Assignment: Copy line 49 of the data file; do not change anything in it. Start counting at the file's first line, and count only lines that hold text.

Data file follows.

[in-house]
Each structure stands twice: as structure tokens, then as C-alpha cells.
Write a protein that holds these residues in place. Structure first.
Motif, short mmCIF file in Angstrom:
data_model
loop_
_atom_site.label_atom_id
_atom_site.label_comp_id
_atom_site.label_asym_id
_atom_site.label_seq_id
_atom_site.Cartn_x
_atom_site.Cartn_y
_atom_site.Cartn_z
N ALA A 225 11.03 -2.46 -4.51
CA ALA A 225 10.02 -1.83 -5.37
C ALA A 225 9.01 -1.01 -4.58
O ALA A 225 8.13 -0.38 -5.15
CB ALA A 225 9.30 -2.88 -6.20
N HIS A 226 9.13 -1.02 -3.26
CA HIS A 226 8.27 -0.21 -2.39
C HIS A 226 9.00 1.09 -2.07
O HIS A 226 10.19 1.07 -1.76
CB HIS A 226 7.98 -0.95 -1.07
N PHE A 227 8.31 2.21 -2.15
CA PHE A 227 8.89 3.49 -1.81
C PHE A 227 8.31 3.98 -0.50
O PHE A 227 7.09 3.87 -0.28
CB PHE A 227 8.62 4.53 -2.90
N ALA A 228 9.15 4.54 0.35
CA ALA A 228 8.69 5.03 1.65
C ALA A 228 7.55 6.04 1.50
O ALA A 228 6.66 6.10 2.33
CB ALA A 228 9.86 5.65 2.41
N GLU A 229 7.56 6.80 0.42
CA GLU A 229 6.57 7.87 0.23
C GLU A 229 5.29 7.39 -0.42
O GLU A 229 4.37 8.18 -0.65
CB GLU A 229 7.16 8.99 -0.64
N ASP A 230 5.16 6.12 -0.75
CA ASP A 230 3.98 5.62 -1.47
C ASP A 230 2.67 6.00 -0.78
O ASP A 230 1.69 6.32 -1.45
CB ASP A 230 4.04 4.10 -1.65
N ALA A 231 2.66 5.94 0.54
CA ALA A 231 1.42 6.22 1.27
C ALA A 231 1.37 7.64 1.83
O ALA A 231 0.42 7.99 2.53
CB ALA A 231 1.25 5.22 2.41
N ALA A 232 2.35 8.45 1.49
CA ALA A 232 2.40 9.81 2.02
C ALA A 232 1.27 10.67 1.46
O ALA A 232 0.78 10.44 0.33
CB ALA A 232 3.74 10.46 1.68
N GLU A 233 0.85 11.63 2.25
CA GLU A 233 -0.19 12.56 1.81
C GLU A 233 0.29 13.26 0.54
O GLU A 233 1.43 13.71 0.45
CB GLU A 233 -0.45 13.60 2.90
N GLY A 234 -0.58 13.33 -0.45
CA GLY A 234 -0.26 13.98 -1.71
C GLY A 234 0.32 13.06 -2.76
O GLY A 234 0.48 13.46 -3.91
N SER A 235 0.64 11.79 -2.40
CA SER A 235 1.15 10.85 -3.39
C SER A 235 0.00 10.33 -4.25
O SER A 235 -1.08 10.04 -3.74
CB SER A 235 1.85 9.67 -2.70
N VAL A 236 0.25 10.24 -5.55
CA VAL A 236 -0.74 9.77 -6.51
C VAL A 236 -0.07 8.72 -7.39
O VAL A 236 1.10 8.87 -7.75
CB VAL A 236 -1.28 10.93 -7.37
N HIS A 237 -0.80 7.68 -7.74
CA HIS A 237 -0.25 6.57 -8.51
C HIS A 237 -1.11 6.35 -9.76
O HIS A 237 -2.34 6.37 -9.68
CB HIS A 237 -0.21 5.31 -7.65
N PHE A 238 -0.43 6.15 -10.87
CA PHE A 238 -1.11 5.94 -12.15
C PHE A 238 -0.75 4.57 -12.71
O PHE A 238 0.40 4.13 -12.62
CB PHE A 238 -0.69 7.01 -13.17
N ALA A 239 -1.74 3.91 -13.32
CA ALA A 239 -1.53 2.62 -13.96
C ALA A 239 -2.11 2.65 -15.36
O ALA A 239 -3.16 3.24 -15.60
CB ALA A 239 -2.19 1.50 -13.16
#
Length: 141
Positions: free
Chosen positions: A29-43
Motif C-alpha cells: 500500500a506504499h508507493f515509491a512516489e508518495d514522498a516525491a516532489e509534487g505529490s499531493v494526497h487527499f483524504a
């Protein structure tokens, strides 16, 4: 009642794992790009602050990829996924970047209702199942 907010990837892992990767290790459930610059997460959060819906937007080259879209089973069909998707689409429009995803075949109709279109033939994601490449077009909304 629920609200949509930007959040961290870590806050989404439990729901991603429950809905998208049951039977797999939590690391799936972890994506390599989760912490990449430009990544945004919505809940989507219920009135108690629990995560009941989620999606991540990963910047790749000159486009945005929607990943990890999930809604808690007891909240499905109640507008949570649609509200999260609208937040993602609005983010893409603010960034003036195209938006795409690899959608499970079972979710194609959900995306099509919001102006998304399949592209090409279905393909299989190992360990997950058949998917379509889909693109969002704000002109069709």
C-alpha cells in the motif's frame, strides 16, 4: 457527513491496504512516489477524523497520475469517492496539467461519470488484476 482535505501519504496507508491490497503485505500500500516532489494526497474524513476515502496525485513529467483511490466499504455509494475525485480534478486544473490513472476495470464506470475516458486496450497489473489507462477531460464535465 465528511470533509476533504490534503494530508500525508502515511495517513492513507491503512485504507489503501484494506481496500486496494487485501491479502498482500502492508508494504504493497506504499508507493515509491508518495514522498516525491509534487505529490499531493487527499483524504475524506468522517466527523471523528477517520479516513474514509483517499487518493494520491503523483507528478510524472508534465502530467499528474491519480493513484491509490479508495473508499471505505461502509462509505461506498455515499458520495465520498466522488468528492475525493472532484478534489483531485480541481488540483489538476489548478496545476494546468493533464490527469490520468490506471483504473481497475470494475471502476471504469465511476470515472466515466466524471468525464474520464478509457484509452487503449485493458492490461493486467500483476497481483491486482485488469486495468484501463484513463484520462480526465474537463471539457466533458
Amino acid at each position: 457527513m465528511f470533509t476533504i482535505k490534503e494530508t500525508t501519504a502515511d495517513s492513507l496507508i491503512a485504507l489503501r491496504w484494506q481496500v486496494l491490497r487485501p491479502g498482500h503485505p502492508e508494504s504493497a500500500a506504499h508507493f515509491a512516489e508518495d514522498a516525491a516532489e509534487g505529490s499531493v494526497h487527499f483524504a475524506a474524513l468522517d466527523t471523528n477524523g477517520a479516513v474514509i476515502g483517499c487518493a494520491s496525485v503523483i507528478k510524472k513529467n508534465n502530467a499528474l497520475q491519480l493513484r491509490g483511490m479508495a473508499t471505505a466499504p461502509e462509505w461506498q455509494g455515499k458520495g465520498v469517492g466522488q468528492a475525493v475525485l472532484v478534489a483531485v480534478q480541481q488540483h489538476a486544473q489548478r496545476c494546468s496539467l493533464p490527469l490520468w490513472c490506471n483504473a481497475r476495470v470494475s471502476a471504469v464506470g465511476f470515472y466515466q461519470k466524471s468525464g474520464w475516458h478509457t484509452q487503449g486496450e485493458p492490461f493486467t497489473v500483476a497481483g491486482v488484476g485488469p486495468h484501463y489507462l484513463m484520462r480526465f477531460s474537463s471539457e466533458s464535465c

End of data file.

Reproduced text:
N ALA A 232 2.35 8.45 1.49